This is the covariant derivative of [itex]u_\mu[/itex] projected in the direction [itex]u^\mu[/itex]. To get the local proper acceleration it has to be expressed in the frame basis.

    The calculation for the Schwarzschild vacuum is discussed in this article http://en.wikipedia.org/wiki/Frame_fields_in_general_relativity
     
  5. Jul 17, 2011 #4

    Bill_K

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    The 'local gravity' is the coordinate acceleration of a freely falling particle, in your example d2xi/dλ2. And in turn 'coordinate acceleration' means with respect to a distinguished system of coordinates, such as the stationary coordinates in a stationary solution.
     
  6. Jul 17, 2011 #5

    bcrowell

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    Sorry to be pedantic, but my wife is a French teacher, and I want to make sure she doesn't choke on a cherry pit and die if she sees this. It's "voilà," not "wala." Some French speakers sometimes pronounce it in certain speciific contexts without the "v" sound, but it's not normal: http://forum.wordreference.com/showthread.php?t=465332 It would be sort of like an American saying "I'm a," instead of "I'm gonna."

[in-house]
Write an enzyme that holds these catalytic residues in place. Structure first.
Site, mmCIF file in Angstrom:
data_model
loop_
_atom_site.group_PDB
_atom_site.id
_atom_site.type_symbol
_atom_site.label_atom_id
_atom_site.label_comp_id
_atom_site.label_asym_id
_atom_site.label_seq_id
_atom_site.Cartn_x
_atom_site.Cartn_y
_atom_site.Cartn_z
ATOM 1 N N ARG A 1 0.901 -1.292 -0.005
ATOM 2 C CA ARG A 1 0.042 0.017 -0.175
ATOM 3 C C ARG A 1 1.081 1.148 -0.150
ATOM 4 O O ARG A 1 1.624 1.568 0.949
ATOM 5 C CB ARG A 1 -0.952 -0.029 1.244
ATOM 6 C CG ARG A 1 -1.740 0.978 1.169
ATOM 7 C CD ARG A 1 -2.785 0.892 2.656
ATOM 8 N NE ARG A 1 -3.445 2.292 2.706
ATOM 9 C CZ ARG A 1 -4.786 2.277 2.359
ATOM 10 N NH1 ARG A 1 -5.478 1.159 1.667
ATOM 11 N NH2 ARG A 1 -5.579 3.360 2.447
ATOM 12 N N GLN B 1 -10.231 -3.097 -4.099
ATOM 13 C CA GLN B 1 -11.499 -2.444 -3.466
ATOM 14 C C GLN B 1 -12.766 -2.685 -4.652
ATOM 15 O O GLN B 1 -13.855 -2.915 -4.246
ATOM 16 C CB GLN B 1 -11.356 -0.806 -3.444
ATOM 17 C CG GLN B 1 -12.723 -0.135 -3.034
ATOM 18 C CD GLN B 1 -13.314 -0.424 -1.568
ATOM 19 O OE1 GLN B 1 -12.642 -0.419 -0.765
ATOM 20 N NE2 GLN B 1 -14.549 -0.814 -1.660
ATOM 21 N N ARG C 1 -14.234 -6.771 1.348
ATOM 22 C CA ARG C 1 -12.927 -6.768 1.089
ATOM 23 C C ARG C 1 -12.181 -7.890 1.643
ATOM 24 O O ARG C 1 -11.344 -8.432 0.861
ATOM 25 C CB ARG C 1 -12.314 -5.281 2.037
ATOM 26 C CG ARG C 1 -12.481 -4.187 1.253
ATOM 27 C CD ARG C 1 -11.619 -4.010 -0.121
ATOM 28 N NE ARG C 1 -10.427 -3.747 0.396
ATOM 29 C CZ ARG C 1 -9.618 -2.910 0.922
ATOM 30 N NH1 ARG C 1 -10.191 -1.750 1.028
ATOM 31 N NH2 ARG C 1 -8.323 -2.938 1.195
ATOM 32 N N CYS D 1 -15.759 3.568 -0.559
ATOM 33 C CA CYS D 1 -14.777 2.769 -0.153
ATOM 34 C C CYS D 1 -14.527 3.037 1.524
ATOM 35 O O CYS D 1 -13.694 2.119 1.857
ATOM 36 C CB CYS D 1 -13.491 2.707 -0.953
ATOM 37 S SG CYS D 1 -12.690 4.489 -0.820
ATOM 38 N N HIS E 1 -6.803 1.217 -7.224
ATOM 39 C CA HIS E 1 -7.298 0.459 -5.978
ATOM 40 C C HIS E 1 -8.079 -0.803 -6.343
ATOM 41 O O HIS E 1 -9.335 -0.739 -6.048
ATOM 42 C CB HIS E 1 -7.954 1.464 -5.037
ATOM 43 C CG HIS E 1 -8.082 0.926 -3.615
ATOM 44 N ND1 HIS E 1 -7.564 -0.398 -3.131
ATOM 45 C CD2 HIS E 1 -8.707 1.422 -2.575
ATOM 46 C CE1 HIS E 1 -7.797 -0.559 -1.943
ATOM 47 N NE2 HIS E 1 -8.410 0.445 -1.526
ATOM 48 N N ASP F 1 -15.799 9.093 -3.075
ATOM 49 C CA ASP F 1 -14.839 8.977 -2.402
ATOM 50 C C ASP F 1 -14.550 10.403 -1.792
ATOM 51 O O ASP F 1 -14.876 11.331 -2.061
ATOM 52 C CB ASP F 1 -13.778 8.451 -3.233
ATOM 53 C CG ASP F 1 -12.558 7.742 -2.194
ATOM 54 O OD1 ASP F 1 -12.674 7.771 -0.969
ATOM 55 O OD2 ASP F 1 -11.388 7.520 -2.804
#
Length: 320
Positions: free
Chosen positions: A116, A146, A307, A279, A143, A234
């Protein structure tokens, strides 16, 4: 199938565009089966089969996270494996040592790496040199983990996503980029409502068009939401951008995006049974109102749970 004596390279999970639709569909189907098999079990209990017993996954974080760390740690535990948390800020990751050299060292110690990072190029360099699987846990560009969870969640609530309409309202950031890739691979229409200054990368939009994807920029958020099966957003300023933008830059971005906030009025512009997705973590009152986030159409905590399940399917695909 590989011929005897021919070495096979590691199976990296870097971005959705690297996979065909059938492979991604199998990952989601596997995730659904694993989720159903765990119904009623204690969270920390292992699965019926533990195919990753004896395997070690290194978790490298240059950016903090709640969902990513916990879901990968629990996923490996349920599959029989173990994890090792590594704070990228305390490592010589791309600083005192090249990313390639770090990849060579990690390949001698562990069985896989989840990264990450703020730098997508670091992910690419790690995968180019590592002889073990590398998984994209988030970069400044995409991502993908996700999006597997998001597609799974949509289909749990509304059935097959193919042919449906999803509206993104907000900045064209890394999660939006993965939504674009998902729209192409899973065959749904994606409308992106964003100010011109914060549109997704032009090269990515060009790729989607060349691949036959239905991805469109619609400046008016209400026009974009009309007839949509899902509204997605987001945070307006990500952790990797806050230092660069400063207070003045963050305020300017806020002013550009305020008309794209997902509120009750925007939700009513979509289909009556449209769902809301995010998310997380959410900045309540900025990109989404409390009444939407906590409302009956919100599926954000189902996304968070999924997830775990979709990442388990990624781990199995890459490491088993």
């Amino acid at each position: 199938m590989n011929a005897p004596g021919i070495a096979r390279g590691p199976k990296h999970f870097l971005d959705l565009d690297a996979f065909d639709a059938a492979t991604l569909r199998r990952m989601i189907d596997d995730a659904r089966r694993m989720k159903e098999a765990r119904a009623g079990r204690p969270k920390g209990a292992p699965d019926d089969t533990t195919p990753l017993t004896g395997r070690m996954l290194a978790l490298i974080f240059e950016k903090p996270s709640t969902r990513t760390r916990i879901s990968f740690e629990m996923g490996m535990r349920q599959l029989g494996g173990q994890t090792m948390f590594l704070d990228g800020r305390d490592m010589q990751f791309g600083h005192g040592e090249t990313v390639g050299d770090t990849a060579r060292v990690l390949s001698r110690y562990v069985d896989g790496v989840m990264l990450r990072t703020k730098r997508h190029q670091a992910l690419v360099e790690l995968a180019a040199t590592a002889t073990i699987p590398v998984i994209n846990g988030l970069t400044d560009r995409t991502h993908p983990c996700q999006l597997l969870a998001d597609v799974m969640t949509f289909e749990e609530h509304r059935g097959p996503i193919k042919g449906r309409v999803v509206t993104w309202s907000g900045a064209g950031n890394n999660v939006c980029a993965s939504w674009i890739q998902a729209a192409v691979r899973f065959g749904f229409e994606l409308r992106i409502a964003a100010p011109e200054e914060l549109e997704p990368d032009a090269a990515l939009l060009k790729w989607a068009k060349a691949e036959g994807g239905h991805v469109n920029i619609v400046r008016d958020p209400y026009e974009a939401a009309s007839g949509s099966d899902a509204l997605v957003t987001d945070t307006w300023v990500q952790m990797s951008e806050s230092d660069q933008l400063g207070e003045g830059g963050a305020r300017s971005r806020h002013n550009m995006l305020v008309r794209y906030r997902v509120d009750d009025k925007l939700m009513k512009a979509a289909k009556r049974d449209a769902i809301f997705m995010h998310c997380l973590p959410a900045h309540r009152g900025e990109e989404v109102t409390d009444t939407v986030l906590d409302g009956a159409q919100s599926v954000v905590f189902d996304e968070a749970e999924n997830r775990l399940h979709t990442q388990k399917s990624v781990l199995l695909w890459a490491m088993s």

7. Jul 17, 2011 #6

    Pengwuino

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    Well apparently there was all sorts of wrong going on in my thread so might as well butcher some languages as well.
     
  8. Jul 17, 2011 #7

    pervect

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    For starters, do you know that 'r' is a radial coordinate, and that you have to process it to convert it into a "radial distance"?